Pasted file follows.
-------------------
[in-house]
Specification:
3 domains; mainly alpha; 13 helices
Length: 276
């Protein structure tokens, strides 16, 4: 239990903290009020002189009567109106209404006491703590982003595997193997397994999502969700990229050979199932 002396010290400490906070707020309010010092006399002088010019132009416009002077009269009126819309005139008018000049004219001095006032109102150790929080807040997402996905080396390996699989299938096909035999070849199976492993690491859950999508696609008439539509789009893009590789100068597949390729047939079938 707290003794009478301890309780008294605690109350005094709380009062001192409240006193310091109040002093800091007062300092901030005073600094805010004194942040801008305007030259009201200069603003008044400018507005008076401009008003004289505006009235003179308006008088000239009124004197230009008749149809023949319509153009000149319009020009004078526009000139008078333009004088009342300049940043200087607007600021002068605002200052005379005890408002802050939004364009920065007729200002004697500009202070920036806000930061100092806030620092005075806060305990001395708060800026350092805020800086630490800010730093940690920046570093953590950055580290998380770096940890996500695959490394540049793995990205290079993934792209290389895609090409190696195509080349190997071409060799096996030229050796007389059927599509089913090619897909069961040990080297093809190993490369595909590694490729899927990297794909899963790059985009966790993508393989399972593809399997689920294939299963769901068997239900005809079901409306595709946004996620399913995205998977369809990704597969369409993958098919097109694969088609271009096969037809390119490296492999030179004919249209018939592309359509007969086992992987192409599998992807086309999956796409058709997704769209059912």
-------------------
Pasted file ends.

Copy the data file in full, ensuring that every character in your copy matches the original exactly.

[in-house]
Specification:
3 domains; mainly alpha; 13 helices
Length: 276
């Protein structure tokens, strides 16, 4: 239990903290009020002189009567109106209404006491703590982003595997193997397994999502969700990229050979199932 002396010290400490906070707020309010010092006399002088010019132009416009002077009269009126819309005139008018000049004219001095006032109102150790929080807040997402996905080396390996699989299938096909035999070849199976492993690491859950999508696609008439539509789009893009590789100068597949390729047939079938 707290003794009478301890309780008294605690109350005094709380009062001192409240006193310091109040002093800091007062300092901030005073600094805010004194942040801008305007030259009201200069603003008044400018507005008076401009008003004289505006009235003179308006008088000239009124004197230009008749149809023949319509153009000149319009020009004078526009000139008078333009004088009342300049940043200087607007600021002068605002200052005379005890408002802050939004364009920065007729200002004697500009202070920036806000930061100092806030620092005075806060305990001395708060800026350092805020800086630490800010730093940690920046570093953590950055580290998380770096940890996500695959490394540049793995990205290079993934792209290389895609090409190696195509080349190997071409060799096996030229050796007389059927599509089913090619897909069961040990080297093809190993490369595909590694490729899927990297794909899963790059985009966790993508393989399972593809399997689920294939299963769901068997239900005809079901409306595709946004996620399913995205998977369809990704597969369409993958098919097109694969088609271009096969037809390119490296492999030179004919249209018939592309359509007969086992992987192409599998992807086309999956796409058709997704769209059912």